Provocation without escalation: Coping with a darker gray zone

China's State Councilor and Defence Minister General Wei Fenghe walks to attend a bilateral meeting with U.S. Defence Secretary Lloyd Austin on the sidelines of the 19th Shangri-La Dialogue in Singapore, June 10, 2022. REUTERS/Caroline Chia
Editor's note:

Insofar as Beijing still worries about undermining its reputation for non-belligerence and galvanizing a counterbalancing coalition on its immediate periphery, its smaller neighbors will continue to wield important diplomatic and geopolitical leverage that, if well utilized, may nudge Beijing into restraining its gray zone activity at sea, Shuxian Luo writes. This piece originally appeared as a publication with the S. Rajaratnam School of International Studies.

The gray zone darkens: The continued action-reaction spiral?

Since the onset of the COVID-19 pandemic, China’s heightened sensitivity to sovereignty issues, coupled with its growing military and paramilitary capabilities and greater tolerance for risk, has likely contributed to the increased number of incidents that China has provoked in the contested maritime space in the South China Sea. The action-reaction spiral between China and the other claimants continued throughout last year and into 2022, making the gray zone darker than ever.

In March 2021, the Philippines reported that hundreds of Chinese fishing vessels, some of which were believed to belong to China’s maritime militia, swarmed the Whitsun Reef in the disputed Spratly Islands in the South China Sea. In April, with the tense face-off in the Whitsun Reef ongoing, a Filipino news crew was reportedly chased by two fast attack boats from the People’s Liberation Army Navy in the disputed waters off the coast of Palawan, marking the first time China’s naval assets were deployed to directly confront civilian ships from another claimant country. Heightened concerns about China’s behavior prompted Manila to call off the process to terminate the U.S.-Philippines Visiting Forces Agreement, which the Philippine president Rodrigo Duterte had earlier pledged to abrogate.

But the spiral did not stop there. In November, three Chinese coastguard vessels blocked and used water cannons on Philippine resupply boats headed towards the Second Thomas Shoal, which the Philippines had occupied in 1999 by intentionally grounding a naval ship and since stationed with a small military force. Notably, this incident occurred on the eve of the finalization of candidates for the 2022 Philippine presidential election. In December, the Philippines sealed a deal with India to acquire the short-range anti-ship cruise missile system BrahMos, as part of what Manila conceives as an asymmetric, denial-oriented defense strategy to counter China’s gray zone activities in the South China Sea. In April 2022, two Philippine resupply ships to the Second Thomas Shoal were reportedly blocked by Chinese coastguard and maritime militia vessels using fishing nets and buoys. The resupply was completed under close monitoring by the Chinese ships.

The Philippines is not the only claimant that has stiffened its position vis-à-vis China amid the darkened gray zone. Vietnam joined the Philippines and issued a strongly-worded statement opposing the presence of the Chinese fishing fleet in the Whitsun Reef. In June 2021, Malaysia, a claimant that traditionally tends to keep disputes with China low profile, scrambled fighter jets after detecting 16 People’s Liberation Army Air Force aircraft flying over disputed waters off its Borneo coast and summoned the Chinese ambassador to lodge a diplomatic protest — a rare strong response in the context of China-Malaysia relations.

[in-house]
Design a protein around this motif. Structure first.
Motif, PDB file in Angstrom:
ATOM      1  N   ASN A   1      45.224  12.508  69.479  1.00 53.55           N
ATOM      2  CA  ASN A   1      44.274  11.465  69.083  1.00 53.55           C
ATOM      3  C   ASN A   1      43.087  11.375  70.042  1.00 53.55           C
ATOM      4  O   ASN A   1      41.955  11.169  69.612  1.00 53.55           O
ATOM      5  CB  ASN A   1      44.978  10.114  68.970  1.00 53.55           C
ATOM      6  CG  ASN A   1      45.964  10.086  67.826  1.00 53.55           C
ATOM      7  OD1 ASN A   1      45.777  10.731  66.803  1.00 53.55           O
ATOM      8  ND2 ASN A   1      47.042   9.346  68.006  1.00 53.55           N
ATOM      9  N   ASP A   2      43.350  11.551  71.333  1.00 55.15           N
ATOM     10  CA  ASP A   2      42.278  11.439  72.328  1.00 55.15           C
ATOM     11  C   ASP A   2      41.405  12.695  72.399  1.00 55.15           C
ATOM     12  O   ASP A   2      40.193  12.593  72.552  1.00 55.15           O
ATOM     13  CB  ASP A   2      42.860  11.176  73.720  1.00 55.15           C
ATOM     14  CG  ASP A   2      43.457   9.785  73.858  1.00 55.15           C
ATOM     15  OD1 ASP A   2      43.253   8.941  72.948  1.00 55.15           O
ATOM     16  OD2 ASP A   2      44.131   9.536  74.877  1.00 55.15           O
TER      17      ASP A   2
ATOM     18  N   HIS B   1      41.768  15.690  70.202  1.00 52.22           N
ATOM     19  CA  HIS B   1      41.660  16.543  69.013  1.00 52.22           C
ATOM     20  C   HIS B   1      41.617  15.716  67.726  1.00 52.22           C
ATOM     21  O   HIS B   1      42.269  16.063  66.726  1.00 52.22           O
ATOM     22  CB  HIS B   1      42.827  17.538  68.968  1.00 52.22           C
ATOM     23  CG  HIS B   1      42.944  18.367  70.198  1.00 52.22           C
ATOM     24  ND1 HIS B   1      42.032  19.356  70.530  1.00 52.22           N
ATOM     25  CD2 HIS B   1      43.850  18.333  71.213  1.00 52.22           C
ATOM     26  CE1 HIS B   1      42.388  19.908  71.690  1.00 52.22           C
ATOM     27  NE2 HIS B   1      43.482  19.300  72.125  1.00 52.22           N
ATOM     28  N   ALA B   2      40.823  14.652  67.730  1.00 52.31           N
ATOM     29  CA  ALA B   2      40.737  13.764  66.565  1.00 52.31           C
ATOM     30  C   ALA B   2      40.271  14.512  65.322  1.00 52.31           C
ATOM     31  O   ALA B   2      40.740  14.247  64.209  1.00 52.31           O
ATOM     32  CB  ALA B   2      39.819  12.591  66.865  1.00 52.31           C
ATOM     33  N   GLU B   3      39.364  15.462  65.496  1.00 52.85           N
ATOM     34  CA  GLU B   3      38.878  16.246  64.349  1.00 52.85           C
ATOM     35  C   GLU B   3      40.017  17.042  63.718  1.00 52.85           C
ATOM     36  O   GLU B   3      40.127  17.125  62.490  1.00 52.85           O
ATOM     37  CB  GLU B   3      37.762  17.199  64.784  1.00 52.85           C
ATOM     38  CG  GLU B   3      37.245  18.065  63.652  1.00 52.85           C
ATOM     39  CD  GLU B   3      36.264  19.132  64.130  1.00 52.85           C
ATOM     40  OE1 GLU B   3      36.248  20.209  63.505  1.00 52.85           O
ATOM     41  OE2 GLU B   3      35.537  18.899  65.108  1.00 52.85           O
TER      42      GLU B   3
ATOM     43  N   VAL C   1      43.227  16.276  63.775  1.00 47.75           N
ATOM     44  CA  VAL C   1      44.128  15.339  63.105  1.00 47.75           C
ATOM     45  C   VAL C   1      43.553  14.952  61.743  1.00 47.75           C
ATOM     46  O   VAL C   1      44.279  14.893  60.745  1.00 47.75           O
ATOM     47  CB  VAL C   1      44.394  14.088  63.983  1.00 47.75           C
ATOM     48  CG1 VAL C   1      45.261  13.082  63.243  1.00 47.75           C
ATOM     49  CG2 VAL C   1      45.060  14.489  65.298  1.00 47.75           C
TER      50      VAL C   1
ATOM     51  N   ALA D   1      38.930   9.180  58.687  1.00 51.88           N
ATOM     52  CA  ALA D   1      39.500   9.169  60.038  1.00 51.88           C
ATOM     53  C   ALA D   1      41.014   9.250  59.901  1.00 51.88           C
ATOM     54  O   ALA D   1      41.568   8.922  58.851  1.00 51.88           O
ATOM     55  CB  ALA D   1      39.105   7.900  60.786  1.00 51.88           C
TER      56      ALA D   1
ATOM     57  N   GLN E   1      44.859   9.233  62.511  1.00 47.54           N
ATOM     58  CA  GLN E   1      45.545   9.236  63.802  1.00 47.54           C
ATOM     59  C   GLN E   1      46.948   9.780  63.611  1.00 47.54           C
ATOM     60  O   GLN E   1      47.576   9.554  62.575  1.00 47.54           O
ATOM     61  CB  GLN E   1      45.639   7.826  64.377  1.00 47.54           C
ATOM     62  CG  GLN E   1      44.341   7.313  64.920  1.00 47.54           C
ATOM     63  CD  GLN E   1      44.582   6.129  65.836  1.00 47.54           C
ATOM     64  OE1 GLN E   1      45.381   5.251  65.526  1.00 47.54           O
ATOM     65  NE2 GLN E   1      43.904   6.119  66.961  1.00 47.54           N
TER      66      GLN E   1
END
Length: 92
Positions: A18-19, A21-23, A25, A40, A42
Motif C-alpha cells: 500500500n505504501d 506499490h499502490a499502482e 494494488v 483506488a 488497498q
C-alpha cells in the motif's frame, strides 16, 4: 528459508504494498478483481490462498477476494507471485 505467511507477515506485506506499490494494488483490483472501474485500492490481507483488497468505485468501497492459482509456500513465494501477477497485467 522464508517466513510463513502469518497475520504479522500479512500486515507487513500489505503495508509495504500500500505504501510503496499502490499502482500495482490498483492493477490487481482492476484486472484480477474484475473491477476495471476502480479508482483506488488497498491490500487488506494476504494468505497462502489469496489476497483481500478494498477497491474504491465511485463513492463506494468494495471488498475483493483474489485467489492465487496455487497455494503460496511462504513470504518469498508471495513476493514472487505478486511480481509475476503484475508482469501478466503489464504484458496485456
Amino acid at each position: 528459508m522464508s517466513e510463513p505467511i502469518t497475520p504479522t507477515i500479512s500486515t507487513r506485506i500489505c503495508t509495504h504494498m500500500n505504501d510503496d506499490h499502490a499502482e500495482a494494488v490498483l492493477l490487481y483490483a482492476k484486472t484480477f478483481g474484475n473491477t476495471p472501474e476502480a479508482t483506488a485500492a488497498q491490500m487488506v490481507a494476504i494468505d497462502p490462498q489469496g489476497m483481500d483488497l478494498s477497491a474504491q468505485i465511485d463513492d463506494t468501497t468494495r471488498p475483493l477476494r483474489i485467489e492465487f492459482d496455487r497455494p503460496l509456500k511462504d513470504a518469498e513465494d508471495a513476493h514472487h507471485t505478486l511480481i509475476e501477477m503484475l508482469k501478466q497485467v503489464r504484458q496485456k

Reputational costs and deterrence: Does Beijing still care about image?

China has clearly shifted from its traditional pattern of reactive assertiveness, becoming less reluctant to initiate incidents at sea. At the same time, Beijing seems to have in general refrained from escalating recent incidents. Unlike the Benigno Aquino era, when the China-Philippines bilateral relationship fell to its nadir and Beijing coerced Manila at will by imposing economic sanctions, freezing most of the bilateral diplomatic exchanges, and seizing control of contested land features, Beijing seems to have consistently avoided employing punitive measures against Manila in the recent incidents.

Some may speculate that a more robust U.S. posture towards the Indo-Pacific region, with a stronger commitment to multilateralism under the Biden administration, has led the Chinese decisionmakers to have second thoughts. But Beijing’s propensity to employ punitive measures against other parties seen as infringing China’s sovereignty has yet to be dampened in the past year, as evidenced in the economic sanctions imposed on Taiwan and Lithuania.

Rather, as I have argued elsewhere, China usually weighs and makes a trade-off between the potential costs of escalation and those of de-escalation when handling incidents arising from the South China Sea disputes. Robust bilateral ties between China and the rivalling claimant involved in a particular incident can increase the opportunity cost of Beijing opting for escalation.

The improved China-Philippines ties under Duterte have arguably created incentives for China’s de-escalation, even though this alone is not a strong enough factor to completely eradicate such provocations. During the Whitsun Reef faceoff, as part of an international public information campaign, Manila released photos and videos of the Chinese fleet. As embarrassment and diplomatic tension forced the incident upon Beijing’s attention, this month-long standoff ended uneventfully with the Chinese fishing vessels leaving the area. This stands in stark contrast with what happened during the Scarborough Shoal standoff in 2012, when China justified its use of coercion against the Philippines with Manila’s decision to release photos of detained Chinese fishermen.